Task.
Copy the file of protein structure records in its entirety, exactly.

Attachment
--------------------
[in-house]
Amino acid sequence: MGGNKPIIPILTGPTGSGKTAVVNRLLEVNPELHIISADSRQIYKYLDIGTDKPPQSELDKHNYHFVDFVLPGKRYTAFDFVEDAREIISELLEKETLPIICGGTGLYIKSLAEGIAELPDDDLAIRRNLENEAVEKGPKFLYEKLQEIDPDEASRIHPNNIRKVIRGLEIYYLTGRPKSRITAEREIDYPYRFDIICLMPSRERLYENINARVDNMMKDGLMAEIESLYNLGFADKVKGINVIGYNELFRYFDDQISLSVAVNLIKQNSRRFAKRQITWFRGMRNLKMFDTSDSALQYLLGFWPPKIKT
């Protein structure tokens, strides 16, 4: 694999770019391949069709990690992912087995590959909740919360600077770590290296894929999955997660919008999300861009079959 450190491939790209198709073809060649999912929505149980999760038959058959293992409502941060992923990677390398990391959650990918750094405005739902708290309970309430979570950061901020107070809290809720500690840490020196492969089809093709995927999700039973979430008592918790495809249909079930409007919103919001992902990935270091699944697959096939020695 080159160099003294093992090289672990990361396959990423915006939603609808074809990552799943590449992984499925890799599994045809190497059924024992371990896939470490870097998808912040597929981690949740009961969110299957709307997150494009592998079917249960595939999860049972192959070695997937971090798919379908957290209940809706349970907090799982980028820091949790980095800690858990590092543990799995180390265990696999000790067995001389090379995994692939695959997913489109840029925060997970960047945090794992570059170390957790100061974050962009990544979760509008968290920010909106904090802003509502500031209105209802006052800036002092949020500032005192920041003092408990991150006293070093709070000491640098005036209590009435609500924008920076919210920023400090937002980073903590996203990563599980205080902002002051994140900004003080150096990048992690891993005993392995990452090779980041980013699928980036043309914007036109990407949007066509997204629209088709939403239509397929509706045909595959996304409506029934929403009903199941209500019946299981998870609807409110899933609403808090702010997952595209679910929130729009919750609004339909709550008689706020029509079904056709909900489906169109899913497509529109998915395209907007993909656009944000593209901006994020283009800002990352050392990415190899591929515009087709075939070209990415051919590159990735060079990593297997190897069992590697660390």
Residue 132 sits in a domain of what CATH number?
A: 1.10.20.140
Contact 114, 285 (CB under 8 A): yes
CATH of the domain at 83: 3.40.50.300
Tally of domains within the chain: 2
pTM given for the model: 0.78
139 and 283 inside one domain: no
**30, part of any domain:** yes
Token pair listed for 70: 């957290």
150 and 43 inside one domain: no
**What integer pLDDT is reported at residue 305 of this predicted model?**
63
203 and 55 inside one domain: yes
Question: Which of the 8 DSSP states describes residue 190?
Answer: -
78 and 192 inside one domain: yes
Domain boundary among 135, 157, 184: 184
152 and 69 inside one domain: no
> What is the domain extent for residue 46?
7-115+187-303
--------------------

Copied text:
[in-house]
Amino acid sequence: MGGNKPIIPILTGPTGSGKTAVVNRLLEVNPELHIISADSRQIYKYLDIGTDKPPQSELDKHNYHFVDFVLPGKRYTAFDFVEDAREIISELLEKETLPIICGGTGLYIKSLAEGIAELPDDDLAIRRNLENEAVEKGPKFLYEKLQEIDPDEASRIHPNNIRKVIRGLEIYYLTGRPKSRITAEREIDYPYRFDIICLMPSRERLYENINARVDNMMKDGLMAEIESLYNLGFADKVKGINVIGYNELFRYFDDQISLSVAVNLIKQNSRRFAKRQITWFRGMRNLKMFDTSDSALQYLLGFWPPKIKT
């Protein structure tokens, strides 16, 4: 694999770019391949069709990690992912087995590959909740919360600077770590290296894929999955997660919008999300861009079959 450190491939790209198709073809060649999912929505149980999760038959058959293992409502941060992923990677390398990391959650990918750094405005739902708290309970309430979570950061901020107070809290809720500690840490020196492969089809093709995927999700039973979430008592918790495809249909079930409007919103919001992902990935270091699944697959096939020695 080159160099003294093992090289672990990361396959990423915006939603609808074809990552799943590449992984499925890799599994045809190497059924024992371990896939470490870097998808912040597929981690949740009961969110299957709307997150494009592998079917249960595939999860049972192959070695997937971090798919379908957290209940809706349970907090799982980028820091949790980095800690858990590092543990799995180390265990696999000790067995001389090379995994692939695959997913489109840029925060997970960047945090794992570059170390957790100061974050962009990544979760509008968290920010909106904090802003509502500031209105209802006052800036002092949020500032005192920041003092408990991150006293070093709070000491640098005036209590009435609500924008920076919210920023400090937002980073903590996203990563599980205080902002002051994140900004003080150096990048992690891993005993392995990452090779980041980013699928980036043309914007036109990407949007066509997204629209088709939403239509397929509706045909595959996304409506029934929403009903199941209500019946299981998870609807409110899933609403808090702010997952595209679910929130729009919750609004339909709550008689706020029509079904056709909900489906169109899913497509529109998915395209907007993909656009944000593209901006994020283009800002990352050392990415190899591929515009087709075939070209990415051919590159990735060079990593297997190897069992590697660390």
Residue 132 sits in a domain of what CATH number?
A: 1.10.20.140
Contact 114, 285 (CB under 8 A): yes
CATH of the domain at 83: 3.40.50.300
Tally of domains within the chain: 2
pTM given for the model: 0.78
139 and 283 inside one domain: no
**30, part of any domain:** yes
Token pair listed for 70: 């957290």
150 and 43 inside one domain: no
**What integer pLDDT is reported at residue 305 of this predicted model?**
63
203 and 55 inside one domain: yes
Question: Which of the 8 DSSP states describes residue 190?
Answer: -
78 and 192 inside one domain: yes
Domain boundary among 135, 157, 184: 184
152 and 69 inside one domain: no
> What is the domain extent for residue 46?
7-115+187-303